Josiah Bunyard was “very active” in his defense. At a pretrial hearing before his trial was about to begin, he noticed his lawyer was overlooking something he believed to be crucial, so he spoke up. “You Honor, could I please be heard?” he interrupted. “Mr. Bunyard, you have appointed counsel ... so you’re either having [counsel] argue this case—or you are representing yourself? Which is it?” the judge responded. “I’ll represent myself, if that’s the choice,” Bunyard replied.

The court recessed to let Bunyard talk to his lawyer, and when the court reconvened, Bunyard stated, “I want it on the record I wish to represent myself unequivocally.” The judge refused to acknowledge Bunyard’s demand and told him he had to “file a proper motion” to be heard in court. Since it was Friday, Bunyard said, “there’s no mail going out for the weekend. There’s no way I can get it” to the court. The ...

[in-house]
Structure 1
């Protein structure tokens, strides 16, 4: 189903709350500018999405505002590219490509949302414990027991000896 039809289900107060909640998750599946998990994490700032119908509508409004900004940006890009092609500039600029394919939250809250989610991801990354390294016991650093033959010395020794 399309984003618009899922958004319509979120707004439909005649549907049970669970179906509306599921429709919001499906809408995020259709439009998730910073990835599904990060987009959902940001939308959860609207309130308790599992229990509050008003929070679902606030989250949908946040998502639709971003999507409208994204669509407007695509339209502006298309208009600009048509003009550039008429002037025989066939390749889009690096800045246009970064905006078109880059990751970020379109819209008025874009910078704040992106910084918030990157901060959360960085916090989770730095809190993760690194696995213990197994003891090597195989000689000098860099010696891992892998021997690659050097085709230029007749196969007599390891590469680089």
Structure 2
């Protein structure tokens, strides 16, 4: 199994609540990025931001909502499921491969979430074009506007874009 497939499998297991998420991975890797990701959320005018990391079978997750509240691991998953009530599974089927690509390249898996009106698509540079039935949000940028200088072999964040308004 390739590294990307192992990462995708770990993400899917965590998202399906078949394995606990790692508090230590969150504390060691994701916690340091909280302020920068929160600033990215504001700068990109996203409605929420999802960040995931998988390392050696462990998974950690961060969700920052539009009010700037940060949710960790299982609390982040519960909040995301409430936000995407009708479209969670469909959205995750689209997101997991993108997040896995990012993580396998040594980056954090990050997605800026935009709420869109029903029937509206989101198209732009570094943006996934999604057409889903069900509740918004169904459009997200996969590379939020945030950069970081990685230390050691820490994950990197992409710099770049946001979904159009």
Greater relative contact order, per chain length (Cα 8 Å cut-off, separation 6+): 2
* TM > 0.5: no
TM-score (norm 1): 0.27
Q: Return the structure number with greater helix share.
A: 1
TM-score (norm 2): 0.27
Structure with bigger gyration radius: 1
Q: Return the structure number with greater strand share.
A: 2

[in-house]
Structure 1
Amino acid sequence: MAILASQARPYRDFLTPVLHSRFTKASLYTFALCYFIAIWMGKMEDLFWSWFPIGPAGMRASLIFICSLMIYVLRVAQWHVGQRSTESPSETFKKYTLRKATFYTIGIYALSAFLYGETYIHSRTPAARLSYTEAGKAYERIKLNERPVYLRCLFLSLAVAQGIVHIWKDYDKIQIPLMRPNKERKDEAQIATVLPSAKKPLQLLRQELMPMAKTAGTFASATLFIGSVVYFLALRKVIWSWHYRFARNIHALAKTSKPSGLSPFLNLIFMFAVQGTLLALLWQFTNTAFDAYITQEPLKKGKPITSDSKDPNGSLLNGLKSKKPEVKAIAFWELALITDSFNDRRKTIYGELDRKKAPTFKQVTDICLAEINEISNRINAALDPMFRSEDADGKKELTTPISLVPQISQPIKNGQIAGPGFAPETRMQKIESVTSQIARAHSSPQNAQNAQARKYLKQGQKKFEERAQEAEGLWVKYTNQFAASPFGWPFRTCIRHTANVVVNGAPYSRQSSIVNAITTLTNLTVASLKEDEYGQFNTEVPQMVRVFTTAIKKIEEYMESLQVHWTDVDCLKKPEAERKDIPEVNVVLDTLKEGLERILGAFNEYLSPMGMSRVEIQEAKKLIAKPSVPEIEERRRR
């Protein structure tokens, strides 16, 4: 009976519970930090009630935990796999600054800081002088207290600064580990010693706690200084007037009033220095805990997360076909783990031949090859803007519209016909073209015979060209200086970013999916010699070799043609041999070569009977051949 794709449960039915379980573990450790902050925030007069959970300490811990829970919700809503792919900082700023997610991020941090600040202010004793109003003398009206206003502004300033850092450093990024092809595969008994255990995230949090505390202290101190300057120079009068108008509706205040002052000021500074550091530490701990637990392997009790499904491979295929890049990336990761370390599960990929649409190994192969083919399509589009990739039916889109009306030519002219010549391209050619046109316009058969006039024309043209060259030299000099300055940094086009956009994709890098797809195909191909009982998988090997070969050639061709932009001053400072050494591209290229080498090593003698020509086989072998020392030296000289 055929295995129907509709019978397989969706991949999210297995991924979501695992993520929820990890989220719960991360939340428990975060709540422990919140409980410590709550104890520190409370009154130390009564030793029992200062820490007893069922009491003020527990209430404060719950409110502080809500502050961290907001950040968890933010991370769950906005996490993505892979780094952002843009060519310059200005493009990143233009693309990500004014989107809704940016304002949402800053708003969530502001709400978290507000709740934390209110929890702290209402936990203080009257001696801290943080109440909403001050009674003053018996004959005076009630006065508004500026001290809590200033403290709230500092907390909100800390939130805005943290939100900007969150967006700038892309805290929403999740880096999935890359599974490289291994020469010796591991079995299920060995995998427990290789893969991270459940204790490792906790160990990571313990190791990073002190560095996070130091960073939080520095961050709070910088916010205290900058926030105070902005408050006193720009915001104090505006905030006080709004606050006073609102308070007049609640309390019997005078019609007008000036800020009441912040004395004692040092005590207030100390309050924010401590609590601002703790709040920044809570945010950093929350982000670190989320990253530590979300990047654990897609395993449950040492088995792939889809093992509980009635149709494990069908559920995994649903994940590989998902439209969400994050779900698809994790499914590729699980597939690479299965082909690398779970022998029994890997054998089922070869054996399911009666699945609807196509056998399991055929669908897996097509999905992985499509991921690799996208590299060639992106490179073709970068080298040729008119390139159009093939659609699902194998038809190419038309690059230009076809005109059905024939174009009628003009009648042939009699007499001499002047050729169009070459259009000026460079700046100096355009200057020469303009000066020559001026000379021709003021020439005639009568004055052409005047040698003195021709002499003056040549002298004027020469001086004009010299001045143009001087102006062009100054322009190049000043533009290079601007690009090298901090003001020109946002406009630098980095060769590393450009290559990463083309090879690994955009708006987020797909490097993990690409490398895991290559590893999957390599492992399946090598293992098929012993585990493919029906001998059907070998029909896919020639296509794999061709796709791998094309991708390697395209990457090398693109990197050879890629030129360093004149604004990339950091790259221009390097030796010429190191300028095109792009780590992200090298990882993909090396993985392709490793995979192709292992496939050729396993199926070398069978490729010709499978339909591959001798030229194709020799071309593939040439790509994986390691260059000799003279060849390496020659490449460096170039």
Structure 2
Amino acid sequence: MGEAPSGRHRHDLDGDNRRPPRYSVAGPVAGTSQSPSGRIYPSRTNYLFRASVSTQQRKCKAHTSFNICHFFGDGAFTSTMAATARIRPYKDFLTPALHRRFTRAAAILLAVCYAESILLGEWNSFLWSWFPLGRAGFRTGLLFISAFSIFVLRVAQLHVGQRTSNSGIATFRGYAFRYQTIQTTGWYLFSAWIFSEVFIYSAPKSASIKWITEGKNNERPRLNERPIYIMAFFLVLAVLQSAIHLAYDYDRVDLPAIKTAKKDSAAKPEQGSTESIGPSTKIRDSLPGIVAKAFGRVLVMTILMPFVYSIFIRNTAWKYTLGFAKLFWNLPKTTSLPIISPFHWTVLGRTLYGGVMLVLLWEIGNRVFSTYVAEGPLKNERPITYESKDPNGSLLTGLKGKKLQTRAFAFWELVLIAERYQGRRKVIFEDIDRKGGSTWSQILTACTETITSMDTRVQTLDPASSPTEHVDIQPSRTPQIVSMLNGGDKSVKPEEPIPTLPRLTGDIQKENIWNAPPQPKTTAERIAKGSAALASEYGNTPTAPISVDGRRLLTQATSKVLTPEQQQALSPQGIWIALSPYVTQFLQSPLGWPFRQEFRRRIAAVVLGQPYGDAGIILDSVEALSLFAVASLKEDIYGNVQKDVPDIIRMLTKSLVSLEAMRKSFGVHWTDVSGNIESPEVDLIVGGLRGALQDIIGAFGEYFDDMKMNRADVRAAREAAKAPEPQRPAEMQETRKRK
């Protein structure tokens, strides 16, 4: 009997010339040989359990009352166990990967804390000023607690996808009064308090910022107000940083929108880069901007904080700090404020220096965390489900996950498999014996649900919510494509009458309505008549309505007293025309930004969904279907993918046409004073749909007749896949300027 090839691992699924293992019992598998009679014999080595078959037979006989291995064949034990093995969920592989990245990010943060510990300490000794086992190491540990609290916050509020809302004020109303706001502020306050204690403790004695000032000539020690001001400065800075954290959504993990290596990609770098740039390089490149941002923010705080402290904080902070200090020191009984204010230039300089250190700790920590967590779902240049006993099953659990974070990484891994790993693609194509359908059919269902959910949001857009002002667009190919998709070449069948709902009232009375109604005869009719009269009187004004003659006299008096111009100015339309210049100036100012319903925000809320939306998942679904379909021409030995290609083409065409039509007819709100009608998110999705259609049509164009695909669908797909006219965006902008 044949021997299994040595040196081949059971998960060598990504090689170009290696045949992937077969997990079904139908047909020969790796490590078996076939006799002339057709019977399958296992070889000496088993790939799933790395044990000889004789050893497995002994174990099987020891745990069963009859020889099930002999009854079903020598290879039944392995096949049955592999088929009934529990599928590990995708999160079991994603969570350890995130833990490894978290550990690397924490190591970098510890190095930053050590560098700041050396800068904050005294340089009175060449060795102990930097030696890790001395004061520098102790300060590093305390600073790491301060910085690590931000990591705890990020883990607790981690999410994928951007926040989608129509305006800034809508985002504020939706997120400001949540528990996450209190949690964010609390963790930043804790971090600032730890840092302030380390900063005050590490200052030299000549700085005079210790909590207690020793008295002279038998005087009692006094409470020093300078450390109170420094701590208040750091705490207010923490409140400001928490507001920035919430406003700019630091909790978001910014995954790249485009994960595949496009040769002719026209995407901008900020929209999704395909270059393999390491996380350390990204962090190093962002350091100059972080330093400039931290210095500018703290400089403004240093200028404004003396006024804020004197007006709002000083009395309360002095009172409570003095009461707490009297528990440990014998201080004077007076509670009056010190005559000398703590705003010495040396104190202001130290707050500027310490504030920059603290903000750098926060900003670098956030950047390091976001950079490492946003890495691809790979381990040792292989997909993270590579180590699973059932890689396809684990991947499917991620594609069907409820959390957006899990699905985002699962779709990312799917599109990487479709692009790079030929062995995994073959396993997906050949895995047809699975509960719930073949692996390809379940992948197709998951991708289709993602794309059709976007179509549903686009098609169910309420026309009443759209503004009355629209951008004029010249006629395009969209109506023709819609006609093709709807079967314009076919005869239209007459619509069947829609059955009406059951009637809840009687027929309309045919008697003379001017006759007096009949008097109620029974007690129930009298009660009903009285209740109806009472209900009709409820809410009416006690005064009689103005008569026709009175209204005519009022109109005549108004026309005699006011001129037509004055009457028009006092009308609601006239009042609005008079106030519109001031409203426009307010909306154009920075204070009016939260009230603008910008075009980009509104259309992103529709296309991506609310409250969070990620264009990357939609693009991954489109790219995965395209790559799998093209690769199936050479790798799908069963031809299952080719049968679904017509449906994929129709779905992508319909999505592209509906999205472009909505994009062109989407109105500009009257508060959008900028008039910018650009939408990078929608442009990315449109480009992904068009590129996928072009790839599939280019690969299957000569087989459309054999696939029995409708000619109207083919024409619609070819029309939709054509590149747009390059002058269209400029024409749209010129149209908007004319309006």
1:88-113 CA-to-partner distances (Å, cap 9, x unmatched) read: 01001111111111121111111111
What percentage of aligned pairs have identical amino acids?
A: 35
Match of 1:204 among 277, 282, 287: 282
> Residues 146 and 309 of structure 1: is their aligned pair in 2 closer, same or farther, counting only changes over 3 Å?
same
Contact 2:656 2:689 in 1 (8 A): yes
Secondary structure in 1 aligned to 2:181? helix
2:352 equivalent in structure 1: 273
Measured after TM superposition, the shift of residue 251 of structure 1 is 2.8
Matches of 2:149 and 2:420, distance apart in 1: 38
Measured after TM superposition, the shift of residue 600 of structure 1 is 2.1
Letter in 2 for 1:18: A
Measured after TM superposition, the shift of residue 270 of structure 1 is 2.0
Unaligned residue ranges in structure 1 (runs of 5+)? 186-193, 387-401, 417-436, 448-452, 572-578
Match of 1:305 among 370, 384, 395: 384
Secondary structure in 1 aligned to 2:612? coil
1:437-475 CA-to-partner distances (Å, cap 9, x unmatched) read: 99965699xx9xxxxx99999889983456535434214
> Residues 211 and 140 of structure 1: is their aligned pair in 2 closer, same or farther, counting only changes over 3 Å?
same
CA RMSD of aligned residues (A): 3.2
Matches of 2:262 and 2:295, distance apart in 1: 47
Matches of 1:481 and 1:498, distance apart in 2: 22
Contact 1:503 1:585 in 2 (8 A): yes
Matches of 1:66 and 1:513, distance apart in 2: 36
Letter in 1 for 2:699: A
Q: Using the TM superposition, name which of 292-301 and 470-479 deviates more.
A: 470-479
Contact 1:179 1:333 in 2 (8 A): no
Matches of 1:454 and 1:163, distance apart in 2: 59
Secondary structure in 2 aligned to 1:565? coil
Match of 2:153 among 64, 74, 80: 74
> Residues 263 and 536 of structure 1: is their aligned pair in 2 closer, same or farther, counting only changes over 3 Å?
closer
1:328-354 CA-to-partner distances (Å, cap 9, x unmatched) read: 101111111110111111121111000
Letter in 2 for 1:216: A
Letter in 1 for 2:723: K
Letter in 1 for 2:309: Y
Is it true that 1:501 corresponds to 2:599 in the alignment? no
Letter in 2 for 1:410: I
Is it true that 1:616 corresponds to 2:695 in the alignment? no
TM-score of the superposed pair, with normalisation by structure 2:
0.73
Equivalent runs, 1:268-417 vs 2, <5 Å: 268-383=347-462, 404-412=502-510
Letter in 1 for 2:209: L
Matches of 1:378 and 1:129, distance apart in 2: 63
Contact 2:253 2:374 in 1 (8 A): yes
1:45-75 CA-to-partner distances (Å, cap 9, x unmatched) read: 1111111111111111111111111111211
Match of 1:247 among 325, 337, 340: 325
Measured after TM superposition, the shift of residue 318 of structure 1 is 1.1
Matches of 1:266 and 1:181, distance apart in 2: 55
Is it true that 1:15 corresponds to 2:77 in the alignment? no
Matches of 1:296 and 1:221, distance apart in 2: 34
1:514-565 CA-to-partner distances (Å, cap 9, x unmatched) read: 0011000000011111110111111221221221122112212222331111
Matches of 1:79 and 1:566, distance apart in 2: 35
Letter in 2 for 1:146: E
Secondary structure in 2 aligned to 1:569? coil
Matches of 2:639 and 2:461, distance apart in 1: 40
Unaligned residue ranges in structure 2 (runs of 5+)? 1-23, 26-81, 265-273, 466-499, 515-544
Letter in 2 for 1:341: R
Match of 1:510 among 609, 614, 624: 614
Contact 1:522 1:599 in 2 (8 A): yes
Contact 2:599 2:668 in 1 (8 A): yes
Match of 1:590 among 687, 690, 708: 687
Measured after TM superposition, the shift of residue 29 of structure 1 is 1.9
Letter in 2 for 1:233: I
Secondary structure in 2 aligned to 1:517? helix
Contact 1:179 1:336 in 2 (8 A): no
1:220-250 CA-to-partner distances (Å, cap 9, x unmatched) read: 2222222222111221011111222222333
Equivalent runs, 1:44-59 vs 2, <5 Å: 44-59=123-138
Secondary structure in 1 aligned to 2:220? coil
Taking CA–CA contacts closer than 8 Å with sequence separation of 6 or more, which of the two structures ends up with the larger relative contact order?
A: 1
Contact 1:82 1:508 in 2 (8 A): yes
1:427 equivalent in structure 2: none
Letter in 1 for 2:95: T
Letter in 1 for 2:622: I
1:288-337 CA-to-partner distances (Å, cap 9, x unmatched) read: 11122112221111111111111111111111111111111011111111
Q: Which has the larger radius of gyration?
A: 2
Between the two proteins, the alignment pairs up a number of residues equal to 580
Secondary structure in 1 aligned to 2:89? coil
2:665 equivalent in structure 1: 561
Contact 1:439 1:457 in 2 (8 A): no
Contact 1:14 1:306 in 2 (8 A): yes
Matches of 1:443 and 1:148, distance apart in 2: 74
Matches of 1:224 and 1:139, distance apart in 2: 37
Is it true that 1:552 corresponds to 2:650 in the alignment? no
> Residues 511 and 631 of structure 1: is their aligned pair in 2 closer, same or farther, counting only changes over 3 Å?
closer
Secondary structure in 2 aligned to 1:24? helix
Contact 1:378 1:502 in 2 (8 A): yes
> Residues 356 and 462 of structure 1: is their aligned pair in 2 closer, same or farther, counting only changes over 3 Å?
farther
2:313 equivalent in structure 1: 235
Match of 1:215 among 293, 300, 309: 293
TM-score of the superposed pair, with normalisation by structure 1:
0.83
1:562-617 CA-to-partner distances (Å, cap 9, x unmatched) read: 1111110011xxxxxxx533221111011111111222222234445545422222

Missouri Supreme Court Clarifies No Resisting Arrest Charge Once Arrest is Completed

by Dale Chappell

A defendant trying to break free of an officer’s grip while already under arrest and in handcuffs was not “resisting arrest” because the defendant was not trying to prevent his arrest, the Supreme Court of Missouri held.

Six officers surrounded Daniel Ajak and put him under arrest by placing him in handcuffs and making him sit in a chair in his kitchen after a domestic disturbance at his house. As Ajak continued to verbally protest that he was the victim, he was moved to a police car to be taken to jail. On the way out to the car, he tried to break free of the officer’s grip while still in handcuffs and spit on the officer. In addition to the domestic assault charges, police added a resisting arrest charge. A jury found Ajak guilty of only the resisting arrest charge, and he was sentenced to 280 days in jail. He appealed, and the Missouri Supreme Court granted transfer after the court of appeals affirmed.

The question before the Supreme Court was whether Ajak actually resisted arrest when he tried to break free, after having been put in handcuffs and forced by the officers to sit in ...

FBI Data Reveal ‘War on Cops’ is Nonexistent

by Dale Chappell